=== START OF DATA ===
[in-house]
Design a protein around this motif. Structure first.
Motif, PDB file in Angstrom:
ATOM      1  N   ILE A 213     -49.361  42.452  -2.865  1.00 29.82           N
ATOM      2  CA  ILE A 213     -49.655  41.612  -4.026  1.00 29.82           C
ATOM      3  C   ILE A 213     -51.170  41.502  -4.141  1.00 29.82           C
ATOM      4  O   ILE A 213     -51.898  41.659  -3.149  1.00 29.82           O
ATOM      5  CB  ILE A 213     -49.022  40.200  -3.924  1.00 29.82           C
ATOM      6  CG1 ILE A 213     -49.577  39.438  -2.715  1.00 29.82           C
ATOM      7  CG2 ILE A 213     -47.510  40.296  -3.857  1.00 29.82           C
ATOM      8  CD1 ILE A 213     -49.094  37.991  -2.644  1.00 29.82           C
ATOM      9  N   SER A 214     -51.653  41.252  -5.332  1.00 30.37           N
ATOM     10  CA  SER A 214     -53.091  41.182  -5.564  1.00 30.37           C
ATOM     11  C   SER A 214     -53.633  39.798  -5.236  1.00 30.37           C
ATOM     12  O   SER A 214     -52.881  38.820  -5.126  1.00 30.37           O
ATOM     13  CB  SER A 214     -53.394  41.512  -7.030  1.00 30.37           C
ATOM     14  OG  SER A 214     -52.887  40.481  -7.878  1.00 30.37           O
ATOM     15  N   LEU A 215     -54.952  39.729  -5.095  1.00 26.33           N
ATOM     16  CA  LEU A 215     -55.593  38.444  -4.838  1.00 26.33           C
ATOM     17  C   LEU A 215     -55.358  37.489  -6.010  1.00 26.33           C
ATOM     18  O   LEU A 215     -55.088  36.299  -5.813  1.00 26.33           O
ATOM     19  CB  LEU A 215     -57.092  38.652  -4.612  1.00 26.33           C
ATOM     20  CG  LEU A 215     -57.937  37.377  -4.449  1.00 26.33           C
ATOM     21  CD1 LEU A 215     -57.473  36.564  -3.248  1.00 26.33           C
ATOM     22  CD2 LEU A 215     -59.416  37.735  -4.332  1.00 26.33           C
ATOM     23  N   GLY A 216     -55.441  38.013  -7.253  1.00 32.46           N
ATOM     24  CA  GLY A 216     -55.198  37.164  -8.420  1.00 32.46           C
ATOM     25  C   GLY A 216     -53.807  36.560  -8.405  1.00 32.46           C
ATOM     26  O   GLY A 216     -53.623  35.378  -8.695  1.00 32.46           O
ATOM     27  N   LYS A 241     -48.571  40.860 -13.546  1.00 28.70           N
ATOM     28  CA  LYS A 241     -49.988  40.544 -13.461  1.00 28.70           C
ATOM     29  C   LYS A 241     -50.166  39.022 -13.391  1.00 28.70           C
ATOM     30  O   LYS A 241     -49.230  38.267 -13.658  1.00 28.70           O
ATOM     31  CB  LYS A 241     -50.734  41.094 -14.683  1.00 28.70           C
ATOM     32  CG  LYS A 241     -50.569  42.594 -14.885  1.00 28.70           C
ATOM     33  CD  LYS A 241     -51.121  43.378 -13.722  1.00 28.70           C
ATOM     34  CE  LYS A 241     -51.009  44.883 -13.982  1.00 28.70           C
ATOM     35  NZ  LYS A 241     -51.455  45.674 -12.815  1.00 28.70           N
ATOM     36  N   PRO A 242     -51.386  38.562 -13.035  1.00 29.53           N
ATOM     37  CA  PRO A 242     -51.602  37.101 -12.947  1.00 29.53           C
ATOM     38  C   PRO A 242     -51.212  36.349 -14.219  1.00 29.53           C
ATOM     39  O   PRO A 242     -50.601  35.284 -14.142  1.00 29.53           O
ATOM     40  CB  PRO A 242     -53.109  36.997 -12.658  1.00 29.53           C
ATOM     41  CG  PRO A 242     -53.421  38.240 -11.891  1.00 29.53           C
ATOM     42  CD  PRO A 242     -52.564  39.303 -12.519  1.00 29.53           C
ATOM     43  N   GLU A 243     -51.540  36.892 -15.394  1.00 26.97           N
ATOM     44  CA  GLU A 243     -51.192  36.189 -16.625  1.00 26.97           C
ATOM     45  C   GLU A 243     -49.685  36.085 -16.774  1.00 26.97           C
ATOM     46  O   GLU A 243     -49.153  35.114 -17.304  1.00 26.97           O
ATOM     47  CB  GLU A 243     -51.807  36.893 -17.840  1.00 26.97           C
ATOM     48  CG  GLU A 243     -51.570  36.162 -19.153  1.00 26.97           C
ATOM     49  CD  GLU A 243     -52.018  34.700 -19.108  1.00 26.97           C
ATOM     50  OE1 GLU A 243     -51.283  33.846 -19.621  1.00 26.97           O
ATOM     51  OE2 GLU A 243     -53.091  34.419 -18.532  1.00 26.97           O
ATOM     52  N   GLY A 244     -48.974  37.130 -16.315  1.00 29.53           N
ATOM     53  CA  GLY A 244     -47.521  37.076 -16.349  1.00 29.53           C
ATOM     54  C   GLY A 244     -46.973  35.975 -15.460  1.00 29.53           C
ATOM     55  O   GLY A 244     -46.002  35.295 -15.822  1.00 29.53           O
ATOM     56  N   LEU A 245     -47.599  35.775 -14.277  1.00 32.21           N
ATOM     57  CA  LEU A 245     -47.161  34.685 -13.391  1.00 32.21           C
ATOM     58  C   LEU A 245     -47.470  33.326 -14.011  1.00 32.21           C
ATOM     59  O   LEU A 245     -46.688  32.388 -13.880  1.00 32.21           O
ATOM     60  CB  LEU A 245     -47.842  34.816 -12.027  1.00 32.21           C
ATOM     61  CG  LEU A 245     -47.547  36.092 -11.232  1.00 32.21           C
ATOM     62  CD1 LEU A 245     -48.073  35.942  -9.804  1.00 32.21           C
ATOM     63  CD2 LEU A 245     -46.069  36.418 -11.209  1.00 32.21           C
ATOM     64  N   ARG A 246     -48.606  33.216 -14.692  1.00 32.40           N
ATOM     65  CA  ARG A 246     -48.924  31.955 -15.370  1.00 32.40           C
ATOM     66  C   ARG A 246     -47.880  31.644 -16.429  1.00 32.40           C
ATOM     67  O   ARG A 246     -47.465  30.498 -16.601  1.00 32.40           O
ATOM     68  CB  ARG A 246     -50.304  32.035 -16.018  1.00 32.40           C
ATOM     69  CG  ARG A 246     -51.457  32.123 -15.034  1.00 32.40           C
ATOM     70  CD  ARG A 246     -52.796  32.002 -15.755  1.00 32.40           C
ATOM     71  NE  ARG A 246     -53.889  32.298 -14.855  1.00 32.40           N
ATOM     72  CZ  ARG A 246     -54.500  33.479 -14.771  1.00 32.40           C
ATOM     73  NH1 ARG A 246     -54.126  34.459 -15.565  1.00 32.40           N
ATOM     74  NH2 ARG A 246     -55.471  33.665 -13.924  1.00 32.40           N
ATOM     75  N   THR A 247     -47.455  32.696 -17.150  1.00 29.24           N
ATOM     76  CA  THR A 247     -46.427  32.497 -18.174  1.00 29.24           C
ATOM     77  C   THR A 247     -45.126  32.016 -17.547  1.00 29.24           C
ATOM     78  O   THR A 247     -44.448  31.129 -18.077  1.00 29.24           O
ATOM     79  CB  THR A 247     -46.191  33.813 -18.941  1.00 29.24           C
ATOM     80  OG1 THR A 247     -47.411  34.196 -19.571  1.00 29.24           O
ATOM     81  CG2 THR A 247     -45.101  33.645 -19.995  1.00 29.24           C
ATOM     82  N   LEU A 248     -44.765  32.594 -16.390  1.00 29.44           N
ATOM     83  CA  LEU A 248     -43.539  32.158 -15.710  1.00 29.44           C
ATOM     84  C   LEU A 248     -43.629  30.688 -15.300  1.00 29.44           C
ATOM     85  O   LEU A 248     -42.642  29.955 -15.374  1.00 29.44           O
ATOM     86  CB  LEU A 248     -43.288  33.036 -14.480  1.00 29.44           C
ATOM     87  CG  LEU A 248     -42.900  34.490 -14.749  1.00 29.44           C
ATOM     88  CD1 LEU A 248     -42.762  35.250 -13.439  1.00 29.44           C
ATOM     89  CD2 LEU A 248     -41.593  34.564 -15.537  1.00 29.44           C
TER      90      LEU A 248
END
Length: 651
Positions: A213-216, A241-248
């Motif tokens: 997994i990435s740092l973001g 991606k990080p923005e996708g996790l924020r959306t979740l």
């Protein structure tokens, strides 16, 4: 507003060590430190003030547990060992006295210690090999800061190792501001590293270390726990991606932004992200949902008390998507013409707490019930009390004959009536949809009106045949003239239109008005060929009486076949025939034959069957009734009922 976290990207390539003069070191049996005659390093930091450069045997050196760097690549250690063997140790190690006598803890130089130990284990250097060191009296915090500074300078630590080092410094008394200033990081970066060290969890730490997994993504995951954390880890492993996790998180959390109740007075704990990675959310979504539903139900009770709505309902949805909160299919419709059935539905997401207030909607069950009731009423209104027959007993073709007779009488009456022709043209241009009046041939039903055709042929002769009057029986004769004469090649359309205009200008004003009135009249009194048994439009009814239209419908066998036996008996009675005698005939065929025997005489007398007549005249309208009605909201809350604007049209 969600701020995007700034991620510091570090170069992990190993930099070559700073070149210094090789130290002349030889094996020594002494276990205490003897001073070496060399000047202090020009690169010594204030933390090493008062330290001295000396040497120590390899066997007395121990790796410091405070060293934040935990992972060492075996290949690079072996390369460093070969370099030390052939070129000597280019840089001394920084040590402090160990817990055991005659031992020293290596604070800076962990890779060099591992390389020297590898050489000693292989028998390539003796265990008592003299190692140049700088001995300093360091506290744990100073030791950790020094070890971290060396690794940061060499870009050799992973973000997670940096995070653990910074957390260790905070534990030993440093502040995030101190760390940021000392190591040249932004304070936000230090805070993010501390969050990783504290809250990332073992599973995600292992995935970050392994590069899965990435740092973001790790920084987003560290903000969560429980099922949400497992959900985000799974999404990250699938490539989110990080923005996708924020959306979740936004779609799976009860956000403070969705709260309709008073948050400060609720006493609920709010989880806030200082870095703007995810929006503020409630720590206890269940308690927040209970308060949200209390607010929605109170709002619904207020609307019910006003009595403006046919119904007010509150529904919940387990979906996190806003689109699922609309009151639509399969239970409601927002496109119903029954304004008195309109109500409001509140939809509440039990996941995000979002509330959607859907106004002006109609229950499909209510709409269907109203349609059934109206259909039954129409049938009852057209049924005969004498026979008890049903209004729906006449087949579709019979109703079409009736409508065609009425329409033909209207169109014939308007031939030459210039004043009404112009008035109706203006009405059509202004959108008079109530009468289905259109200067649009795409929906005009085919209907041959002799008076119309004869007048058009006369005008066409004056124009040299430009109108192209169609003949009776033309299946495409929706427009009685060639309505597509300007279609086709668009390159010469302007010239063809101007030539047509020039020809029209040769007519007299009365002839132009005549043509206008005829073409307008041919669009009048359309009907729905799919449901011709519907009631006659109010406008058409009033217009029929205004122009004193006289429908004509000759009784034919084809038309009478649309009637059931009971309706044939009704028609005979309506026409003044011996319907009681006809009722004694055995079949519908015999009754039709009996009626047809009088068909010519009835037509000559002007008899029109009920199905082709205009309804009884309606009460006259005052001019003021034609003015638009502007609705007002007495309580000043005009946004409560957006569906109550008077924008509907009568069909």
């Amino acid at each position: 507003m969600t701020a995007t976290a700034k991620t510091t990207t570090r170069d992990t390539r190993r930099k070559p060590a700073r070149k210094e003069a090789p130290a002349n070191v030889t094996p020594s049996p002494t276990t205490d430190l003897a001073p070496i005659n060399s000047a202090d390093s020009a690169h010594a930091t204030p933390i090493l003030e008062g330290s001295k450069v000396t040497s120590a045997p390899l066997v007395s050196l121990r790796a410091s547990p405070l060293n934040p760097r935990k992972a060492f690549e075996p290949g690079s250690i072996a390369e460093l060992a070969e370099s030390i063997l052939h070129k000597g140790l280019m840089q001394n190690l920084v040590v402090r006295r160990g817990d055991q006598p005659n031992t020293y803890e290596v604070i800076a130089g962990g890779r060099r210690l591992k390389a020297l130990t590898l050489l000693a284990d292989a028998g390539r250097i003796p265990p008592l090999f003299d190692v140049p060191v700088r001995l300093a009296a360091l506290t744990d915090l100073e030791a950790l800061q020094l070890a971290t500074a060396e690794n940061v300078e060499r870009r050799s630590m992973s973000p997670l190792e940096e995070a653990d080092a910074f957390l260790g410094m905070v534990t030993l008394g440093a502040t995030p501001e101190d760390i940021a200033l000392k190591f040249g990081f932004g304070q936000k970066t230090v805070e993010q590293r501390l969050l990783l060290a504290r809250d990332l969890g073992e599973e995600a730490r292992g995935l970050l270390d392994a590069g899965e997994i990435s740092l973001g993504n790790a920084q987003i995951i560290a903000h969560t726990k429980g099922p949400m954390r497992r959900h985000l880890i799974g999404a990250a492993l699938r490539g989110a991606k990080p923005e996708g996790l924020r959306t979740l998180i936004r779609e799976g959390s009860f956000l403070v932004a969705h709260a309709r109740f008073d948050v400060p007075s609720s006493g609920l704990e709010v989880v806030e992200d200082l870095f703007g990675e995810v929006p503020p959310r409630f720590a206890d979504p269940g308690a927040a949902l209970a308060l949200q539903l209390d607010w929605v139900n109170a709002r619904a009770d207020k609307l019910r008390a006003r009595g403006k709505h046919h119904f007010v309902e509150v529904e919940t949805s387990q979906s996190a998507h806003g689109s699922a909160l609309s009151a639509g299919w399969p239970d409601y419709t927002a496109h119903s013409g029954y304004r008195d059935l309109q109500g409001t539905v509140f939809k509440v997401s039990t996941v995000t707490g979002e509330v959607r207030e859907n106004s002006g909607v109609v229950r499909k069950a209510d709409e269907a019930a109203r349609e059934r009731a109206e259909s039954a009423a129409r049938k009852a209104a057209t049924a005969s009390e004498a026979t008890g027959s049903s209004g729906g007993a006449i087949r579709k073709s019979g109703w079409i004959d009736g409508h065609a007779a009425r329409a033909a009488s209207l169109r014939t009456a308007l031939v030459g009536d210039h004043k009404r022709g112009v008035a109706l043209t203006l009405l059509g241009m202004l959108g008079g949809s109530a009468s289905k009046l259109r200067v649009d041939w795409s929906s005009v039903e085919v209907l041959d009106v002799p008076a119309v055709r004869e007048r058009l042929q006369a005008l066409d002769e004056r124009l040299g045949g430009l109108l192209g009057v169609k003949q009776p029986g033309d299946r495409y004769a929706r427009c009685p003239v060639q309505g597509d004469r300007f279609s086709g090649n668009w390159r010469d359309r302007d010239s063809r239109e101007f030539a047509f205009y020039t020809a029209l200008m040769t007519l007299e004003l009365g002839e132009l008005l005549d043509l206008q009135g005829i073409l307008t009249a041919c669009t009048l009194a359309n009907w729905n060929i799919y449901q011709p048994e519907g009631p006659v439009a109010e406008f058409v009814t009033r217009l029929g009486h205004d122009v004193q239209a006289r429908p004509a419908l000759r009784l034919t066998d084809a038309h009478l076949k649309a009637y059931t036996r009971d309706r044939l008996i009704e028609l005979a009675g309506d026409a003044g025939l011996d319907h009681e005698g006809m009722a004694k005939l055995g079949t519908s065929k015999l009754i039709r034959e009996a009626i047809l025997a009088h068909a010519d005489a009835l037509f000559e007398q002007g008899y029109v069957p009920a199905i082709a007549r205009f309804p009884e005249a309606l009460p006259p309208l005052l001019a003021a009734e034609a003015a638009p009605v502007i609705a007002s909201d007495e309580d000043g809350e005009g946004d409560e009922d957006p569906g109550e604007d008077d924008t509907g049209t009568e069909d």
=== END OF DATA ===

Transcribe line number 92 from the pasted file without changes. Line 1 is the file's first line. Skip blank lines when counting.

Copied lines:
ATOM     89  CD2 LEU A 248     -41.593  34.564 -15.537  1.00 29.44           C